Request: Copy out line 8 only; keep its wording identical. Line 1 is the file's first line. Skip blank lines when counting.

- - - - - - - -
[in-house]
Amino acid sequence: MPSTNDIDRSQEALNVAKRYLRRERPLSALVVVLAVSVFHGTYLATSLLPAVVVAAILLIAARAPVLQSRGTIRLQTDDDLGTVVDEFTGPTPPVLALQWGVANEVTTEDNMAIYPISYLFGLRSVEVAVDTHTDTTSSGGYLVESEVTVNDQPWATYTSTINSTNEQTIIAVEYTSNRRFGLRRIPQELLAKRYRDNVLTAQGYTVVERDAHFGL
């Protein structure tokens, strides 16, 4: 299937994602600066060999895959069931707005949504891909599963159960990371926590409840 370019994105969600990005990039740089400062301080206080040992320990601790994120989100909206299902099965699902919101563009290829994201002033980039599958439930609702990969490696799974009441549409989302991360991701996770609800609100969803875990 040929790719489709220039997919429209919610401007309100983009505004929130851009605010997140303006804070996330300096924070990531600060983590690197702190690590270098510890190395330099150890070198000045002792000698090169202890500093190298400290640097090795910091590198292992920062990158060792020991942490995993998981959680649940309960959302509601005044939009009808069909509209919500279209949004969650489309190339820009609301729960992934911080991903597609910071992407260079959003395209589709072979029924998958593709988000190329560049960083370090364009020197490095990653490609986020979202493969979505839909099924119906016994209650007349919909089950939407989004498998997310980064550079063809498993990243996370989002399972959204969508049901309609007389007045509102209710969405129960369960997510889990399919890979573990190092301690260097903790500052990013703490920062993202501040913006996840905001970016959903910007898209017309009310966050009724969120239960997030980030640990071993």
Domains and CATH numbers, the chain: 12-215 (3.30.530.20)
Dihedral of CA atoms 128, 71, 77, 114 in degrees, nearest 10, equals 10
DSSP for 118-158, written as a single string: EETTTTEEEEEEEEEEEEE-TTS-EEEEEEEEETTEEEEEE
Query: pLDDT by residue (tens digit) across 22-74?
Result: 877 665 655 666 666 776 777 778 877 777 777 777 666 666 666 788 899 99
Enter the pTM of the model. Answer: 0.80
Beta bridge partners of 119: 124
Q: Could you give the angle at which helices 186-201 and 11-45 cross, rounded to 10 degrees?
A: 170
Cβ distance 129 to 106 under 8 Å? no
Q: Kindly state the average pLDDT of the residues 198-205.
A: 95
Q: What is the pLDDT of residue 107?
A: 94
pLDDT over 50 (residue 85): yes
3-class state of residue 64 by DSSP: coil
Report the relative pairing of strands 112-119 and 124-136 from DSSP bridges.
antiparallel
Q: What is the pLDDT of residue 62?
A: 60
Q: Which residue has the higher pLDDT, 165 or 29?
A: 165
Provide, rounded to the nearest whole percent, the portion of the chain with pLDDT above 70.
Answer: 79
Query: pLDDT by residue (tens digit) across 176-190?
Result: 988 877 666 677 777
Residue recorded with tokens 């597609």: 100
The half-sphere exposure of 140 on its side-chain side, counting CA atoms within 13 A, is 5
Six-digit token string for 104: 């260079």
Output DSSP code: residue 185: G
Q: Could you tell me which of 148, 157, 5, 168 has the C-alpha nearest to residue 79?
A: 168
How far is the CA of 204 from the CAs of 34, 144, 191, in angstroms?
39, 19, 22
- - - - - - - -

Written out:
Result: 877 665 655 666 666 776 777 778 877 777 777 777 666 666 666 788 899 99